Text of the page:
'I recognised the need for me to get some support to help balance the various aspects of my life, establish coping mechanisms and finally recognise what ‘potential’ meant in my life and how I was going to achieve it.'
It was eight o’clock on a cold dark grey morning as I arrived at my childminder’s home in order to deposit my precious daughter into her care for the next 10 hours. We had followed the same pattern as every morning since my return to work.
We had a routine: I had to be well organised and that included having a clear delineation between work, school and leisure clothes – and of course, footwear. You might imagine my shock therefore as I stood on the doorstep to look down and find that I was wearing one blue shoe and one black shoe. (They were exactly the same style, I would add in my defence!).
Of course I had to return home to swap the errant shoe, but I remember now that sense of pressure because 15 minutes was likely to make the difference between arriving at a nine o’clock meeting in a calm and prepared fashion and launching myself through the door looking flustered and feeling already exhausted.
On another occasion I recall being asked by my darling daughter to suddenly produce, out of thin air, a Roman warriors outfit, when we were due to leave the house in less than half an hour, but let’s not go there…
I know now that at the time I was putting myself under tremendous pressure – I wanted to be the perfect mother, wife, daughter, housekeeper and friend alongside pursuing my career and proving to myself and others that I had the necessary skills, knowledge and experience to do well both for me and for the organisation that employed me.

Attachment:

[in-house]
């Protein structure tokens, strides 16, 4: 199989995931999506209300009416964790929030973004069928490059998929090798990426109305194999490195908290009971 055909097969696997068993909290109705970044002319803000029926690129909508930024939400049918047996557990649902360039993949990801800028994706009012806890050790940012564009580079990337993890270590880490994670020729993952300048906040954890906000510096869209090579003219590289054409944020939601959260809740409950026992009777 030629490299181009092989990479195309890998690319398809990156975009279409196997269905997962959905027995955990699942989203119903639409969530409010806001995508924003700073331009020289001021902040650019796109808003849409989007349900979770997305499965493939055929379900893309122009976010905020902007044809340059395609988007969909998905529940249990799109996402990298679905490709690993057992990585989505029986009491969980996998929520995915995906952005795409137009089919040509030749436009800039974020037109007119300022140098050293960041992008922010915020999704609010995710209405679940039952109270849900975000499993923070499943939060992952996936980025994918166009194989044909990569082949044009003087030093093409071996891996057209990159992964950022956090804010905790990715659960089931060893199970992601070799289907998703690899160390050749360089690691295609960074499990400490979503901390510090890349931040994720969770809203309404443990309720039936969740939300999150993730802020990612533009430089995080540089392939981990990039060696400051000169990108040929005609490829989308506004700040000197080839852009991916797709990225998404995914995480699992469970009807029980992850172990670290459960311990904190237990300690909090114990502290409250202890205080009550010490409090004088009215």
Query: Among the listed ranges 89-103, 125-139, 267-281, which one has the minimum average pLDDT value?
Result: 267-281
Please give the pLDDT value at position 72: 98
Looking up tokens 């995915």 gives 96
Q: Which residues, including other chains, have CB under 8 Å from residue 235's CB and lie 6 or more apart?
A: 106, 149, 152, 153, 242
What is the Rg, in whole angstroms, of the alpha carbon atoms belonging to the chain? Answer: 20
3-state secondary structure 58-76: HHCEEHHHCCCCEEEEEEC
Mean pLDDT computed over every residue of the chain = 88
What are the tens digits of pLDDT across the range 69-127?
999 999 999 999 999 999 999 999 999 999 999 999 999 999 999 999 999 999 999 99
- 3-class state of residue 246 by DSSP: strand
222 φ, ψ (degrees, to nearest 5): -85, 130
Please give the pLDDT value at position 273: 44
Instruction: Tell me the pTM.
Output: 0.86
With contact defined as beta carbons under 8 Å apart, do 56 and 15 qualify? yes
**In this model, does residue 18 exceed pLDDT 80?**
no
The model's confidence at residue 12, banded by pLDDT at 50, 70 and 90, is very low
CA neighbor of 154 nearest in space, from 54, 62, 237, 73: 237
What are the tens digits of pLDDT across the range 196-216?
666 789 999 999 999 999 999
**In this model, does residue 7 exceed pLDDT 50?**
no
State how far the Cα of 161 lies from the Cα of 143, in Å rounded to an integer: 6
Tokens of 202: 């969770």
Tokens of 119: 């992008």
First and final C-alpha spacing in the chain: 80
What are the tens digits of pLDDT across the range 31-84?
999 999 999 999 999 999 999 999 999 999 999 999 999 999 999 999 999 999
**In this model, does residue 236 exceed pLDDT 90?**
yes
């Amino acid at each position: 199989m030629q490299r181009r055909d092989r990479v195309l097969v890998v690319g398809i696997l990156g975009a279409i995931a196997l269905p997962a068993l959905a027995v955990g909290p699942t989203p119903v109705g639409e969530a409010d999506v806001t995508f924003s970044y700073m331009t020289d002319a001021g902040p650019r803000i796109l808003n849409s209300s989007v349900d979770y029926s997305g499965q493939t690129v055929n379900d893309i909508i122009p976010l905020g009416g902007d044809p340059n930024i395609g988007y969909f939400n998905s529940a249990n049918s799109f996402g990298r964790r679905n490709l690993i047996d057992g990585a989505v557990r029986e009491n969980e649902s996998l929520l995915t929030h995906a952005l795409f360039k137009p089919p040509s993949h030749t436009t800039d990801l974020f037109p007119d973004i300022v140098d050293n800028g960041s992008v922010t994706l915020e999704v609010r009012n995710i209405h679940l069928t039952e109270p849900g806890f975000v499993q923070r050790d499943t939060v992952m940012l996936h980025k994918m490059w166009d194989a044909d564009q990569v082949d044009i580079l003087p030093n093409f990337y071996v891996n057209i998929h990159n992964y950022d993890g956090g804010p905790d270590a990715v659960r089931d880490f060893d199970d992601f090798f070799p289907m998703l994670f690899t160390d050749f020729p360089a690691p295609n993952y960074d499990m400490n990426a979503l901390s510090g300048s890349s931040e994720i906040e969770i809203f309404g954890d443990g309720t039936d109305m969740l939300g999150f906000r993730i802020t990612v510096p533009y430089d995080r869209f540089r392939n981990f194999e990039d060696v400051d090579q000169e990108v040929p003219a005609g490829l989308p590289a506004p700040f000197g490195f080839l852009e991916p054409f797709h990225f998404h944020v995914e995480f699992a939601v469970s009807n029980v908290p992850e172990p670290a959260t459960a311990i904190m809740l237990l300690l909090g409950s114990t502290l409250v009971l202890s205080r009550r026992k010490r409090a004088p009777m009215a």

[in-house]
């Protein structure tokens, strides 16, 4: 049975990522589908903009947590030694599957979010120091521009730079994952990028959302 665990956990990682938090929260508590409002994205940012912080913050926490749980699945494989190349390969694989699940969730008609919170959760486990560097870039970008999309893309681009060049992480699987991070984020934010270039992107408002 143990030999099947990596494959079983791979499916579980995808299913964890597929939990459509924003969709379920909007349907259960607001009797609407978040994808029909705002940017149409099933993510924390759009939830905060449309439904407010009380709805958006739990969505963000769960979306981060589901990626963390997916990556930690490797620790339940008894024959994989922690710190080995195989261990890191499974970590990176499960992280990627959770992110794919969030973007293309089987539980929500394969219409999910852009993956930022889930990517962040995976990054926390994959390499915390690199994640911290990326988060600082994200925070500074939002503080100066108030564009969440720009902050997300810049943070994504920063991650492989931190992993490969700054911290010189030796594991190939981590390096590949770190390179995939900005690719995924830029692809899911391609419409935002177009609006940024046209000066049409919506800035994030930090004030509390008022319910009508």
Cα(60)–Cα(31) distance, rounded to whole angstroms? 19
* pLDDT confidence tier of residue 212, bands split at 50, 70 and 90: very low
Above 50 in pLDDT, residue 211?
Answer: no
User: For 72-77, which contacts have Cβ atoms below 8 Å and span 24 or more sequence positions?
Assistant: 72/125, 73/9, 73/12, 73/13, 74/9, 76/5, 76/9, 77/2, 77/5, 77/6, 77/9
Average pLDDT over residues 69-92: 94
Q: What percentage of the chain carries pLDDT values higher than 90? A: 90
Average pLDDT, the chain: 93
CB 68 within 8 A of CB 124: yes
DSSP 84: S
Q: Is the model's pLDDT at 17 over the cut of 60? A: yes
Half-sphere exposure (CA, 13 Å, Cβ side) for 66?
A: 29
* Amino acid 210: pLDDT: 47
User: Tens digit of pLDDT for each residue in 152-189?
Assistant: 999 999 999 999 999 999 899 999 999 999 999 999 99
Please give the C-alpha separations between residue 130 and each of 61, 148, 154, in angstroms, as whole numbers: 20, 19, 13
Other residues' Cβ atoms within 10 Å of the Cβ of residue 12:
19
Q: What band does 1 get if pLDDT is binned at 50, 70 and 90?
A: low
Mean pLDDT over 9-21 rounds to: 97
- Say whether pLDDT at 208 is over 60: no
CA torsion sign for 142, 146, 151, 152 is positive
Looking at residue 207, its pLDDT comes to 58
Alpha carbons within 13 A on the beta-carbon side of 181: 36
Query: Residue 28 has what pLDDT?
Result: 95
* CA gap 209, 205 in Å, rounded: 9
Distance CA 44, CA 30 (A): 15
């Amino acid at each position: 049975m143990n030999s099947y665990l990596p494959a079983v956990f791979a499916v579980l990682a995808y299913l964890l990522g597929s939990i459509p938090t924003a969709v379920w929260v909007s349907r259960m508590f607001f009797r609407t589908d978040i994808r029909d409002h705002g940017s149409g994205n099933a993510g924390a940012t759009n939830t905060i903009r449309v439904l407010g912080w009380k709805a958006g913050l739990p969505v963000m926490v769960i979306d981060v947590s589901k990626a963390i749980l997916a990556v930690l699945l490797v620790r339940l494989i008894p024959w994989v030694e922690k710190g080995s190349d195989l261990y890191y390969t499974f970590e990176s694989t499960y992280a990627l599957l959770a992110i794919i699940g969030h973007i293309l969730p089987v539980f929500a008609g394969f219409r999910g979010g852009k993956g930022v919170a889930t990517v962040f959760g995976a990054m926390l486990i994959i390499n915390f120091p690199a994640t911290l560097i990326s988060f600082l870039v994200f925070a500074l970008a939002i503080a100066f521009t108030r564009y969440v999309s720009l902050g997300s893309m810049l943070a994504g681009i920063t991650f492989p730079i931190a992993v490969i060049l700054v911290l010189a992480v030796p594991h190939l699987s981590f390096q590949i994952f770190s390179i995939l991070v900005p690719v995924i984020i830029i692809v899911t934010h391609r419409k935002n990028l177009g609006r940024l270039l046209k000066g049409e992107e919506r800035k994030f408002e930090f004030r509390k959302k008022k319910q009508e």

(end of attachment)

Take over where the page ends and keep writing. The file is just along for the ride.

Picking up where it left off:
So why am I sharing this with you? It is because it was around this time that I recognised the need for me to get some support to help balance the various aspects of my life, establish coping mechanisms and finally recognise what ‘potential’ meant in my life and how I was going to achieve it.
Coaching was in its infancy – it was becoming established but there were certainly no professional development coaches available to me. We tended to rely on our managers, some of whom were excellent and some who, although they meant well, were less so. It was for this reason that I set out on a personal and professional development journey to learn how I could more effectively manage all areas of my life. Five years of therapeutic training was followed by many years of building and practicing coaching techniques as part of managing people, projects and programmes.
Throughout my training and the years that followed, I was supported by many people who acted as coaches to me; I found joy in what I did and established parameters about how I would balance my work and home life. I identified the areas that worked for me and either changed or stopped others while, most importantly, receiving support and guidance throughout the change periods.
My journey continues as I learn and incorporate new skills and techniques into my coaching, mentoring and consulting toolkit. I have enjoyed veering off from the norm into areas such as storytelling and poetry, as well as playing a significant role in improving the professionalism of coaching and supervision. I continue to grow as a person and make informed choices about how I want to ‘be’ in this world. This is what coaching has done for me… I wonder if it could do something similar for you?
(Oh and by the way, both shoes now match – and so the metaphor continues).
Susanna Way is a partner in Coaching Insurance Professionals, an alliance of coaches who have extensive experience of working in the financial services world, which means they speak your language and understand your challenges.